12

At his state post-conviction hearing, two inmates did testify that Dickson admitted to them that he had lied at petitioner's trial, about both not having a deal with prosecutors in exchange for his testimony and petitioner's jailhouse confession. Petitioner's post-conviction counsel and his investigator also asserted that Dickson had told them that his trial testimony was false and that he had testified against petitioner pursuant to an understanding with the district attorney's office.

13

Nonetheless, Dickson testified at that same evidentiary hearing, affirming the truth of his trial testimony and denying any agreement with the prosecution in exchange for his testimony. The district attorney also testified, acknowledging that his office had a policy of offering lenient treatment in exchange for testimony, but asserting that he had never spoken with Dickson about his testimony prior to petitioner's trial.2

14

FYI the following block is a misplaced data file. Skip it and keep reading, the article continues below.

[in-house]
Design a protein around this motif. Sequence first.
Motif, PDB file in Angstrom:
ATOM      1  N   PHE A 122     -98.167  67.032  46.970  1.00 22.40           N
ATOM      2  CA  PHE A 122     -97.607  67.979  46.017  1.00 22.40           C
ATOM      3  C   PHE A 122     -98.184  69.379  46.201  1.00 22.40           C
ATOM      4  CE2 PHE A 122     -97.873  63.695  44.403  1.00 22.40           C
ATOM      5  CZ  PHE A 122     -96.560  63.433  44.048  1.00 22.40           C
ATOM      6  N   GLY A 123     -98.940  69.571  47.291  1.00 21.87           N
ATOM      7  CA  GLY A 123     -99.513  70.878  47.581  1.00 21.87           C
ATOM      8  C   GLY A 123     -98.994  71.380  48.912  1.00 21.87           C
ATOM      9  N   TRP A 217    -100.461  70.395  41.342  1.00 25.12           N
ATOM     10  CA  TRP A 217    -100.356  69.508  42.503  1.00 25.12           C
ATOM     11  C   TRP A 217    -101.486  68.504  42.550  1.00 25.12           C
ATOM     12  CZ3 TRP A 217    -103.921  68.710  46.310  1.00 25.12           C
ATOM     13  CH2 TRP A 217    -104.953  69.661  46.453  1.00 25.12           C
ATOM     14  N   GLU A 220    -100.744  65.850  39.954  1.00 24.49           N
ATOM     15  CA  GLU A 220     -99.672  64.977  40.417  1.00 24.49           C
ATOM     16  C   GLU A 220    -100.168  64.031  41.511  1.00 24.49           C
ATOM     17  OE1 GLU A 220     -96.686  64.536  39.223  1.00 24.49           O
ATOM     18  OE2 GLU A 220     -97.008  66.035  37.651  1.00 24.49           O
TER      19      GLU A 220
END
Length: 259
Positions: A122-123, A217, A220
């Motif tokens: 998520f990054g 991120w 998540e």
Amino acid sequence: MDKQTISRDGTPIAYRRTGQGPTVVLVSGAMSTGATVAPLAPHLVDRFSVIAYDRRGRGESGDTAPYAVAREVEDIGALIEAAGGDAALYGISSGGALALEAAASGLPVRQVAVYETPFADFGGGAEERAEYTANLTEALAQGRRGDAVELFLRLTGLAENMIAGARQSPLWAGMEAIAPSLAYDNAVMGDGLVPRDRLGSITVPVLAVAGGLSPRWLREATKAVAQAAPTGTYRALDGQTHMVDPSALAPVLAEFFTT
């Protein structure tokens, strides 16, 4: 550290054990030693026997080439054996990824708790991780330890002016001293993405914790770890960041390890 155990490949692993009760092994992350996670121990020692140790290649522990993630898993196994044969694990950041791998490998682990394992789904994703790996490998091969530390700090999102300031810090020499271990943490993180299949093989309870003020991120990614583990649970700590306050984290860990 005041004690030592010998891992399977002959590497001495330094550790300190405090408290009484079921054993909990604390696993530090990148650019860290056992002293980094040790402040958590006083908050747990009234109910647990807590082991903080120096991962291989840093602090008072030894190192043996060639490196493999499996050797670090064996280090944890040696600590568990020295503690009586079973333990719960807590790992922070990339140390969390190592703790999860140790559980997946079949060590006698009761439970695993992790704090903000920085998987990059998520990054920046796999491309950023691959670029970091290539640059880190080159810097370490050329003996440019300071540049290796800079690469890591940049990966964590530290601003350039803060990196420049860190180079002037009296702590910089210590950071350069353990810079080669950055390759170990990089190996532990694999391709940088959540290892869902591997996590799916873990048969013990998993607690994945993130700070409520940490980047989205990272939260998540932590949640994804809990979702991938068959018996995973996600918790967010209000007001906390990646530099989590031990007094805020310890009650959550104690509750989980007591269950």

The Oklahoma Court of Criminal Appeals implicitly found Dickson's testimony credible. See Smith, 826 P.2d at 617. See generally Marshall v. Lonberger, 459 U.S. 422, 433-34 (1983) (even though state court did not make express credibility finding, federal court could assume state court found petitioner not credible, in light of that court's ruling); Newsted v. Gibson, 158 F.3d 1085, 1091 (10th Cir. 1998), cert. denied, 119 S. Ct. 1509 (1999) (deferring to implicit findings underlying state appellate court's determination that circumstances of case did not warrant giving lesser included offense instruction). Generally, we must presume that court's factual findings are correct. See 28 U.S.C. § 2254(d) (pre-AEDPA). See generally Sumner v. Mata, 455 U.S. 591, 592-93 (1982) (affording presumption of correctness to state appellate court's factfinding); Sumner v. Mata, 449 U.S. 539, 545-47 (1981) (same).

15